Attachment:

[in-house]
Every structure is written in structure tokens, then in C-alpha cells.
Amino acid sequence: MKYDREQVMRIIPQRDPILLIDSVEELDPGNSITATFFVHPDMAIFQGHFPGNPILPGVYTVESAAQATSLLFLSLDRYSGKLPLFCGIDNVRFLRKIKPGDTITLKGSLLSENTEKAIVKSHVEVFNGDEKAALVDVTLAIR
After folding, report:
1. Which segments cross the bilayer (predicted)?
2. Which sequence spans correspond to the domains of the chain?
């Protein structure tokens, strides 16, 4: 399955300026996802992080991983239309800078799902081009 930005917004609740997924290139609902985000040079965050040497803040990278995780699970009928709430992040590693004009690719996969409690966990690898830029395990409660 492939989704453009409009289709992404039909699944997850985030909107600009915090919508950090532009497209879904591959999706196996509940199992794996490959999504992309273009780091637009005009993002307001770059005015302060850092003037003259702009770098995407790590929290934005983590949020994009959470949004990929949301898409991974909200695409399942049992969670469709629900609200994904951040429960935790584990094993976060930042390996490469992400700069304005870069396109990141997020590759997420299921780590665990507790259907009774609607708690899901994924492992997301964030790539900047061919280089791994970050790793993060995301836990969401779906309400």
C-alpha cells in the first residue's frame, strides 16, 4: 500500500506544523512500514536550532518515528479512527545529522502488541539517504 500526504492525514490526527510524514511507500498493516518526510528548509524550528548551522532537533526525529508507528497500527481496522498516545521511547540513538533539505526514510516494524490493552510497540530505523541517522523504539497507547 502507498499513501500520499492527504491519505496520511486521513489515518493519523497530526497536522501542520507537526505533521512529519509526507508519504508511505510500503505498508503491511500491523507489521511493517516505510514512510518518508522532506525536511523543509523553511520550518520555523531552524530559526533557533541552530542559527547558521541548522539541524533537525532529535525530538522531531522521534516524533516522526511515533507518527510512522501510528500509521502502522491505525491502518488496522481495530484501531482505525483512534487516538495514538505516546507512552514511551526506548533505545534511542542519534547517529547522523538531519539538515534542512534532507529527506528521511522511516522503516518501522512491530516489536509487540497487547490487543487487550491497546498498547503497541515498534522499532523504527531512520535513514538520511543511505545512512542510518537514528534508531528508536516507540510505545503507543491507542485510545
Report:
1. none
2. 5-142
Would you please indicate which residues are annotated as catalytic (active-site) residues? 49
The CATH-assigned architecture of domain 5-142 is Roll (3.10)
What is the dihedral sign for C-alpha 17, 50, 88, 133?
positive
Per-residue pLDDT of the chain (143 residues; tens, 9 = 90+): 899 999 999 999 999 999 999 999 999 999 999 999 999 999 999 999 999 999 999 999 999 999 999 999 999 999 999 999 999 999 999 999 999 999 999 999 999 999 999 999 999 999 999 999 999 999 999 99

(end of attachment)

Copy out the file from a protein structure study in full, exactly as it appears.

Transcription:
[in-house]
Every structure is written in structure tokens, then in C-alpha cells.
Amino acid sequence: MKYDREQVMRIIPQRDPILLIDSVEELDPGNSITATFFVHPDMAIFQGHFPGNPILPGVYTVESAAQATSLLFLSLDRYSGKLPLFCGIDNVRFLRKIKPGDTITLKGSLLSENTEKAIVKSHVEVFNGDEKAALVDVTLAIR
After folding, report:
1. Which segments cross the bilayer (predicted)?
2. Which sequence spans correspond to the domains of the chain?
């Protein structure tokens, strides 16, 4: 399955300026996802992080991983239309800078799902081009 930005917004609740997924290139609902985000040079965050040497803040990278995780699970009928709430992040590693004009690719996969409690966990690898830029395990409660 492939989704453009409009289709992404039909699944997850985030909107600009915090919508950090532009497209879904591959999706196996509940199992794996490959999504992309273009780091637009005009993002307001770059005015302060850092003037003259702009770098995407790590929290934005983590949020994009959470949004990929949301898409991974909200695409399942049992969670469709629900609200994904951040429960935790584990094993976060930042390996490469992400700069304005870069396109990141997020590759997420299921780590665990507790259907009774609607708690899901994924492992997301964030790539900047061919280089791994970050790793993060995301836990969401779906309400």
C-alpha cells in the first residue's frame, strides 16, 4: 500500500506544523512500514536550532518515528479512527545529522502488541539517504 500526504492525514490526527510524514511507500498493516518526510528548509524550528548551522532537533526525529508507528497500527481496522498516545521511547540513538533539505526514510516494524490493552510497540530505523541517522523504539497507547 502507498499513501500520499492527504491519505496520511486521513489515518493519523497530526497536522501542520507537526505533521512529519509526507508519504508511505510500503505498508503491511500491523507489521511493517516505510514512510518518508522532506525536511523543509523553511520550518520555523531552524530559526533557533541552530542559527547558521541548522539541524533537525532529535525530538522531531522521534516524533516522526511515533507518527510512522501510528500509521502502522491505525491502518488496522481495530484501531482505525483512534487516538495514538505516546507512552514511551526506548533505545534511542542519534547517529547522523538531519539538515534542512534532507529527506528521511522511516522503516518501522512491530516489536509487540497487547490487543487487550491497546498498547503497541515498534522499532523504527531512520535513514538520511543511505545512512542510518537514528534508531528508536516507540510505545503507543491507542485510545
Report:
1. none
2. 5-142
Would you please indicate which residues are annotated as catalytic (active-site) residues? 49
The CATH-assigned architecture of domain 5-142 is Roll (3.10)
What is the dihedral sign for C-alpha 17, 50, 88, 133?
positive
Per-residue pLDDT of the chain (143 residues; tens, 9 = 90+): 899 999 999 999 999 999 999 999 999 999 999 999 999 999 999 999 999 999 999 999 999 999 999 999 999 999 999 999 999 999 999 999 999 999 999 999 999 999 999 999 999 999 999 999 999 999 999 99